The classic example of the doctrine of impossibility is this: If Jane hires Bob, a local painter, to paint her house for $5,000 and Bob is scheduled to paint the house on June 1st but the house is destroyed by fire on May 15th, then Bob’s performance is excused.
The remedy for impossibility is typically rescission of the contract, meaning that the contract is unwound and each party is restored to its original position prior to the time that the contract was made. Using the example above, if Jane had given Bob a deposit of $500 at the time that the contract was made, then she could be owed a refund of that deposit.
The doctrine of impossibility tends to be narrowly applied and limited to truly impossible circumstances. Increased cost for performing a contractual obligation may not rise to the level of impossibility.
3. Performance that Is Impracticable Can also Be Excused.
Impracticability can also be a basis for excusing performance under a contract. Impracticability arises in the situation where an intervening event makes performance of a contract substantially more difficult, complex or challenging to the point where performance would be commercially senseless. Again, increased cost alone may not rise to the level of impracticability. The intervening event must cause an excessive and unreasonable increase in performance costs.
4. Frustration of Purpose that Obviates the Original Reason for the Contract Can Excuse Performance.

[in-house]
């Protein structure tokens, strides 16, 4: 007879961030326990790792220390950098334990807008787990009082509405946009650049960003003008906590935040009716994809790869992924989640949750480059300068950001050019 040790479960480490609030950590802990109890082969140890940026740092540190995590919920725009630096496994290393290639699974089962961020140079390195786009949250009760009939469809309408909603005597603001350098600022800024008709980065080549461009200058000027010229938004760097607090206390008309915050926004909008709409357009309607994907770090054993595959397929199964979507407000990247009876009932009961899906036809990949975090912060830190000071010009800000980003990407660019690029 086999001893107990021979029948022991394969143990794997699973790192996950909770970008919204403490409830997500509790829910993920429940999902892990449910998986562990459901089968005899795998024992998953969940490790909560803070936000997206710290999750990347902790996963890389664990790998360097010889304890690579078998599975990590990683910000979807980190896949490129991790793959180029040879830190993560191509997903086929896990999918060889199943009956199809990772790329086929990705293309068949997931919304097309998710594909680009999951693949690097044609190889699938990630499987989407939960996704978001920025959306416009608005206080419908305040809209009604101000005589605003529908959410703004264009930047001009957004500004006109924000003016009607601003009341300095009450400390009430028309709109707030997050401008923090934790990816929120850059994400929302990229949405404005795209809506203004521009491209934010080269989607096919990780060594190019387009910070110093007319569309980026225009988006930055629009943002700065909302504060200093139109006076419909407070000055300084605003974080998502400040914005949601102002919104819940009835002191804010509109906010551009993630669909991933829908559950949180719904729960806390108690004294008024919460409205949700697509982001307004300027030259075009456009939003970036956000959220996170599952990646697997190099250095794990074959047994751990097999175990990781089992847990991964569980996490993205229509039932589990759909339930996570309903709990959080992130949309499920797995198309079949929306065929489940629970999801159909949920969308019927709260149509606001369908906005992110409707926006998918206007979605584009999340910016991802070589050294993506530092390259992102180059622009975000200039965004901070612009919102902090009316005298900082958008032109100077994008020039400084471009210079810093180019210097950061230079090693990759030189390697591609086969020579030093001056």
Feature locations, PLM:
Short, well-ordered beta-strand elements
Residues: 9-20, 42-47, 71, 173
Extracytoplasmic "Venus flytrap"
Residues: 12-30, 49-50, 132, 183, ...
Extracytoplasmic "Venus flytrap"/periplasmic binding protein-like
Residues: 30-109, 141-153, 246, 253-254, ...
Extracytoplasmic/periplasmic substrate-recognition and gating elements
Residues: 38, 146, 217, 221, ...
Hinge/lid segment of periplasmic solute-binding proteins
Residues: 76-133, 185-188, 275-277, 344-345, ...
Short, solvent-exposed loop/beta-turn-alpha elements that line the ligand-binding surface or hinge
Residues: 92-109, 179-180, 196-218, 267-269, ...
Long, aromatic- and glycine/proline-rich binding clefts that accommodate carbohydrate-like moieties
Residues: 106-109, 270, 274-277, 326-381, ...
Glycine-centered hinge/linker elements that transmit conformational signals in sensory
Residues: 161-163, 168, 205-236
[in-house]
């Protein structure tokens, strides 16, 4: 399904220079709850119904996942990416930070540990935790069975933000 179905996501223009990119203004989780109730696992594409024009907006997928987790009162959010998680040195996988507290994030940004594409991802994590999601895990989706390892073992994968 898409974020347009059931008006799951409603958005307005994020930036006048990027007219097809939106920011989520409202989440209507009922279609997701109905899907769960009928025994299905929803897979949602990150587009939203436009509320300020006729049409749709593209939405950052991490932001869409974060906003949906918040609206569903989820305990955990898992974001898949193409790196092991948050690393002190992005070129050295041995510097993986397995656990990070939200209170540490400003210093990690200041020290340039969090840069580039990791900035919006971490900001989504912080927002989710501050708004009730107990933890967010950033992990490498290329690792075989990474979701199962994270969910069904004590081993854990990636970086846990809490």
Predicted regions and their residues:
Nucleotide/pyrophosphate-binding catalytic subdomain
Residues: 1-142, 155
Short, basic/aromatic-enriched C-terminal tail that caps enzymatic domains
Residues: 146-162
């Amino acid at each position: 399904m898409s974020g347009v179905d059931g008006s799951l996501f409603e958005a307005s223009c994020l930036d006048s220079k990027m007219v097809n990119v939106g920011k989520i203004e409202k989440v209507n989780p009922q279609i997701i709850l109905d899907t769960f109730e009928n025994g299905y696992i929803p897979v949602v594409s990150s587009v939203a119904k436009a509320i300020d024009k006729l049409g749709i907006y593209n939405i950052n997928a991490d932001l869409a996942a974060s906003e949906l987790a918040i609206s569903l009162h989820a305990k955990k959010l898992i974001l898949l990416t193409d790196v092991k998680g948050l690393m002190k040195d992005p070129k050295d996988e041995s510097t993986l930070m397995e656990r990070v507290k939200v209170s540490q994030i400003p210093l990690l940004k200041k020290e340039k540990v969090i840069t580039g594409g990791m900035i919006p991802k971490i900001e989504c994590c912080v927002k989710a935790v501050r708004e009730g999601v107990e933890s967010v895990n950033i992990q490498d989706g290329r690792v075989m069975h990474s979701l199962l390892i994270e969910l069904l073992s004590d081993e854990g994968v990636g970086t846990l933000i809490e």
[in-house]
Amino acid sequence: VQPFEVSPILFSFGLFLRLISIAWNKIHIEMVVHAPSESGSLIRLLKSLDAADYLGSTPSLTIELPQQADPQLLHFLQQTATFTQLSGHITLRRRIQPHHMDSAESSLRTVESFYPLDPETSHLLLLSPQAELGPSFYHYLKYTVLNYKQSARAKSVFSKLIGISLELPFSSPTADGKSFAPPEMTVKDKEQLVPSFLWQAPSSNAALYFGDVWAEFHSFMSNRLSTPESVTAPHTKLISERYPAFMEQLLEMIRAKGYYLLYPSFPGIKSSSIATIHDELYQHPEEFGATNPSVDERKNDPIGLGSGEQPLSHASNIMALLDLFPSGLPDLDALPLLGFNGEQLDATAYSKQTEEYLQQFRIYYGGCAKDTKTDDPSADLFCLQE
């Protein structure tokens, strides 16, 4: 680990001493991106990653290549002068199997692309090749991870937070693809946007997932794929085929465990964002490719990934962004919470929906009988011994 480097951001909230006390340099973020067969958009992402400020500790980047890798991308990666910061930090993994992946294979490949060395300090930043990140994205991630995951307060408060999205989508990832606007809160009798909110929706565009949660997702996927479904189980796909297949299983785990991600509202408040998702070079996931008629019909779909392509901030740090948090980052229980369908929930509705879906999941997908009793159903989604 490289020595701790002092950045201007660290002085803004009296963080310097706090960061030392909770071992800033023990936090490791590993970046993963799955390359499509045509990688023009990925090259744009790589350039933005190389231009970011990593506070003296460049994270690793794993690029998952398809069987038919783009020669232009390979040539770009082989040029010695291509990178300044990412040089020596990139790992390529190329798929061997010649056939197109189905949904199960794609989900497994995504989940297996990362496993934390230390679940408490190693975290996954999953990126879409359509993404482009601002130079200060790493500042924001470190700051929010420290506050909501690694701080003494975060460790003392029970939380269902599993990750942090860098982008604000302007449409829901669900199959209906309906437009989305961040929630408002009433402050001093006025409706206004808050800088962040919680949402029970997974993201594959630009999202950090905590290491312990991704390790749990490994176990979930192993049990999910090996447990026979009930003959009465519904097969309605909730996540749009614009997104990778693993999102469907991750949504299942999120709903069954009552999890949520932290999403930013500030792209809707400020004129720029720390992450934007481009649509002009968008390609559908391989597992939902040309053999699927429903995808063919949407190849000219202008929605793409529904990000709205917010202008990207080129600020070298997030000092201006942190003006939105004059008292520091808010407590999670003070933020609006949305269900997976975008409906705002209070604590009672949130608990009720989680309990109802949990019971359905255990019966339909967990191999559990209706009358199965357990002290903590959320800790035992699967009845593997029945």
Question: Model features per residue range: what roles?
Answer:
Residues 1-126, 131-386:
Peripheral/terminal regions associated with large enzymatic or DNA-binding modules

Frustration of purpose is a limited excuse for performance when an intervening event frustrates a party’s reason for initially agreeing to the deal. For example, if a manufacturer engages an outside sale representative to sell the manufacturer’s product to a particular industry within a sales territory, such as the commercial fishing industry, and through government action, commercial fishing activity is substantially restricted or curtailed in that region, even though the sales rep could still go about trying to sell the fishing gear to commercial fishers, the decrease in activity within the industry has frustrated both the manufacturer’s goal to expand into that region and the sale rep’s goal of achieving new sales.
5. You Don’t Need Fancy Legal Doctrines to Amend or Terminate a Contract.
If all else fails, contracts are private agreements that can be amended or terminated at any time upon agreement of the parties. In uncertain times such as these, if you anticipate problem in being able to deliver a product or service to a customer, communicating those concerns with the other party and devising ways to either postpone delivery, modify performance or even terminate the agreement until the health crisis and its economic impact become more clear, are all viable options if both parties agree to that course of action.
As always, reach out to a legal advisor to discuss particular contract concerns for clear guidance on existing obligations and paths available for altering them.